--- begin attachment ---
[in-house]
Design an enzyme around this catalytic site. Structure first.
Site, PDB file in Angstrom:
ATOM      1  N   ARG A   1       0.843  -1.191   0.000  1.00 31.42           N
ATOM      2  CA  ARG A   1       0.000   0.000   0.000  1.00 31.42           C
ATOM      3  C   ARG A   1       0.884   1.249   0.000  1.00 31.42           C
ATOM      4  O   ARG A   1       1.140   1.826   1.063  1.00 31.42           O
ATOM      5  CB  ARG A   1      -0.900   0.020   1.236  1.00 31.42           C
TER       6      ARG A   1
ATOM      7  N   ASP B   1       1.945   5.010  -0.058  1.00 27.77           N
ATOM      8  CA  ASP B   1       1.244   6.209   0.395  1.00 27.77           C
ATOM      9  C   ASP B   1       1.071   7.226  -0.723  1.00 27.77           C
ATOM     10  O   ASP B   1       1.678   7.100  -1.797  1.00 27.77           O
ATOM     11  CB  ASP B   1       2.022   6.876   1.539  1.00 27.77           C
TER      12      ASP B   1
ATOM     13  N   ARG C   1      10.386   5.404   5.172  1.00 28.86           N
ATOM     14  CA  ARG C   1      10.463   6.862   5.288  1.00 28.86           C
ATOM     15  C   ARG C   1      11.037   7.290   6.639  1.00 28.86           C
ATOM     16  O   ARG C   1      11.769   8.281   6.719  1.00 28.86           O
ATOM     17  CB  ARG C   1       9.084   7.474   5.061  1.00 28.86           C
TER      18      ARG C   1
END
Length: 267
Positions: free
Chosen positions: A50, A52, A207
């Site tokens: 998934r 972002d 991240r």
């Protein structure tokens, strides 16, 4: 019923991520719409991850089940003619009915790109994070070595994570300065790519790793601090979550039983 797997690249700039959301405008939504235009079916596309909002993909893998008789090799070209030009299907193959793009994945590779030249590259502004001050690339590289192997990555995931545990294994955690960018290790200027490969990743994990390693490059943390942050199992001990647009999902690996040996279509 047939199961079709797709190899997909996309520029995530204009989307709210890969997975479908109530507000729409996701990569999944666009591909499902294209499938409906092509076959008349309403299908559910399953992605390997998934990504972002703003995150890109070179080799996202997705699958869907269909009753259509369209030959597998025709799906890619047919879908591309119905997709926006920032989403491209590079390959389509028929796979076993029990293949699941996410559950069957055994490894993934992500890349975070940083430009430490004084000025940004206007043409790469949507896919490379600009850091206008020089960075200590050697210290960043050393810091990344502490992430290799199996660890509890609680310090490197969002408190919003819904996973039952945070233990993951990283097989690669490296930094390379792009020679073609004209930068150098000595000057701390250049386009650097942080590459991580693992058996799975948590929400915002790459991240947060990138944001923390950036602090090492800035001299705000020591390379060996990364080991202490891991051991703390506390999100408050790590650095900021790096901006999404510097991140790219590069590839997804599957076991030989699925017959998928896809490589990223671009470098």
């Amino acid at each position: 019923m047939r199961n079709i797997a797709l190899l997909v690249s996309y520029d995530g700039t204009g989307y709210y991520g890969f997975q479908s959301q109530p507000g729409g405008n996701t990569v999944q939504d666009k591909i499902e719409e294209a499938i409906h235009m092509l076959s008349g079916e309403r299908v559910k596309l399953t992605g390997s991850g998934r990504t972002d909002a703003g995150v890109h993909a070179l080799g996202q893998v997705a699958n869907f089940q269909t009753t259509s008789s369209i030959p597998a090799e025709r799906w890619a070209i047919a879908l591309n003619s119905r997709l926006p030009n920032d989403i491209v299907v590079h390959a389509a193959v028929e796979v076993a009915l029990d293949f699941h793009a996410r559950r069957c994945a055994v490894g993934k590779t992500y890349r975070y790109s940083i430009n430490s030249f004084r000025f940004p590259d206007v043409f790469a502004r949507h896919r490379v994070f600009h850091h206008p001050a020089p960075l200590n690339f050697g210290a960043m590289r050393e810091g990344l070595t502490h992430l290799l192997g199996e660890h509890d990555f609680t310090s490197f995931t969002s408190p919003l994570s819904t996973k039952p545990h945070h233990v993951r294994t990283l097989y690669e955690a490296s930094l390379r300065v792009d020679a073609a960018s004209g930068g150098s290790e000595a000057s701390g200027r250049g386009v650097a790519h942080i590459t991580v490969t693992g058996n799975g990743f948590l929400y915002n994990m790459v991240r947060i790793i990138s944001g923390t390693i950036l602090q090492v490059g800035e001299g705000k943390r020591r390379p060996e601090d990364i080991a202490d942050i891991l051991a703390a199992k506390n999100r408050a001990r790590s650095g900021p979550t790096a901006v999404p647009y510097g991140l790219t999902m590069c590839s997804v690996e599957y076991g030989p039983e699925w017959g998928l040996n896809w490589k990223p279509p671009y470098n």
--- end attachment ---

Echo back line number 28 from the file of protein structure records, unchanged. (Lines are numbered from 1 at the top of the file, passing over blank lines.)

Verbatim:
């Amino acid at each position: 019923m047939r199961n079709i797997a797709l190899l997909v690249s996309y520029d995530g700039t204009g989307y709210y991520g890969f997975q479908s959301q109530p507000g729409g405008n996701t990569v999944q939504d666009k591909i499902e719409e294209a499938i409906h235009m092509l076959s008349g079916e309403r299908v559910k596309l399953t992605g390997s991850g998934r990504t972002d909002a703003g995150v890109h993909a070179l080799g996202q893998v997705a699958n869907f089940q269909t009753t259509s008789s369209i030959p597998a090799e025709r799906w890619a070209i047919a879908l591309n003619s119905r997709l926006p030009n920032d989403i491209v299907v590079h390959a389509a193959v028929e796979v076993a009915l029990d293949f699941h793009a996410r559950r069957c994945a055994v490894g993934k590779t992500y890349r975070y790109s940083i430009n430490s030249f004084r000025f940004p590259d206007v043409f790469a502004r949507h896919r490379v994070f600009h850091h206008p001050a020089p960075l200590n690339f050697g210290a960043m590289r050393e810091g990344l070595t502490h992430l290799l192997g199996e660890h509890d990555f609680t310090s490197f995931t969002s408190p919003l994570s819904t996973k039952p545990h945070h233990v993951r294994t990283l097989y690669e955690a490296s930094l390379r300065v792009d020679a073609a960018s004209g930068g150098s290790e000595a000057s701390g200027r250049g386009v650097a790519h942080i590459t991580v490969t693992g058996n799975g990743f948590l929400y915002n994990m790459v991240r947060i790793i990138s944001g923390t390693i950036l602090q090492v490059g800035e001299g705000k943390r020591r390379p060996e601090d990364i080991a202490d942050i891991l051991a703390a199992k506390n999100r408050a001990r790590s650095g900021p979550t790096a901006v999404p647009y510097g991140l790219t999902m590069c590839s997804v690996e599957y076991g030989p039983e699925w017959g998928l040996n896809w490589k990223p279509p671009y470098n």